A neighbor also described seeing someone matching that description. When later asked to give his opinion about the case, he expressed concerns about DNA evidence and that the murder was "overkill," possibly the work of a serial killer.
April 5: Fingerprint, DNA evidence focus of hearing for man convicted of killing UNCC student
Fingerprint and DNA evidence were the focus of a hearing Friday in Gaston County, where a man convicted of killing a UNCC student in 2008 is fighting for his freedom.
Much of Friday's testimony involved decisions made by the lead prosecutor in the case Bill Stetzer. He took the stand and talked about the evidence like a bungee cord that was used to murder Ira Yarmolenko.
Stetzer was questioned for more than two hours about his decision to seek justice against Mark Carver.
Attorneys for the Center for Actual Innocence trying to win Carver's freedom claim he had ineffective counsel during his trial and was not mentally or physically able to commit the crime.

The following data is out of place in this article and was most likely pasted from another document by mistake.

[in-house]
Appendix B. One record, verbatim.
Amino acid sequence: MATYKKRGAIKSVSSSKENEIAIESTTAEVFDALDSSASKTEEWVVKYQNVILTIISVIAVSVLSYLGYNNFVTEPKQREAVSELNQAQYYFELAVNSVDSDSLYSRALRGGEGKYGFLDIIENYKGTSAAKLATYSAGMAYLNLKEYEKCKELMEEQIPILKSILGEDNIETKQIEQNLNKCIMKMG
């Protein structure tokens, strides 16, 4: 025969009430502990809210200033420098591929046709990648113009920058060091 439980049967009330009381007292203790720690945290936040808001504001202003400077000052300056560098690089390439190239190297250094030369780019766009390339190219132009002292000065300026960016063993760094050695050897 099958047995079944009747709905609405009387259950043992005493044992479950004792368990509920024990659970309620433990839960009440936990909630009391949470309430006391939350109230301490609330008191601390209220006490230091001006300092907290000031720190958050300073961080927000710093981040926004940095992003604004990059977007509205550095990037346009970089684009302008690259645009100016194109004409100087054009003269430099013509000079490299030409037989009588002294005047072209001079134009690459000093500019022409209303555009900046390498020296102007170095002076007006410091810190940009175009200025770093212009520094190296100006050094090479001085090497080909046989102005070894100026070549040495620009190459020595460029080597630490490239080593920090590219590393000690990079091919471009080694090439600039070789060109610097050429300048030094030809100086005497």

"For me, the most important aspect is was the prosecution trying to reach justice in the case or just trying to win a case," defense attorney Christine Mumma said.
Officials said Carver was fishing with his cousin Neal Cassada on the day of the murder. Stetzer testified Friday Carver was charged partly because of his proximity to the crime scene, his violent history, and his DNA was found on Yarmolenko's car.
The person who collected the evidence, however, testified, that DNA wasn't collected until two months after the murder and none of the fingerprint evidence found on the car matched Carver's.
"He's just not that kind of person in my opinion," friend Donald Miller said. "Hope for that he gets out. He's not a person who needs to be where he is. He needs to be home."
April 4: Convicted murderer to testify for first time, attorney says
Attorneys for convicted killer Mark Carver told Channel 9 Thursday Carver plans to testify for the first time about what he and his cousin, Neal Cassada were doing when UNCC student Ira Yarmolenko was strangled to death along the Catawba River.
Channel 9's Dave Faherty spoke to Carver's attorney Thursday as she headed into court.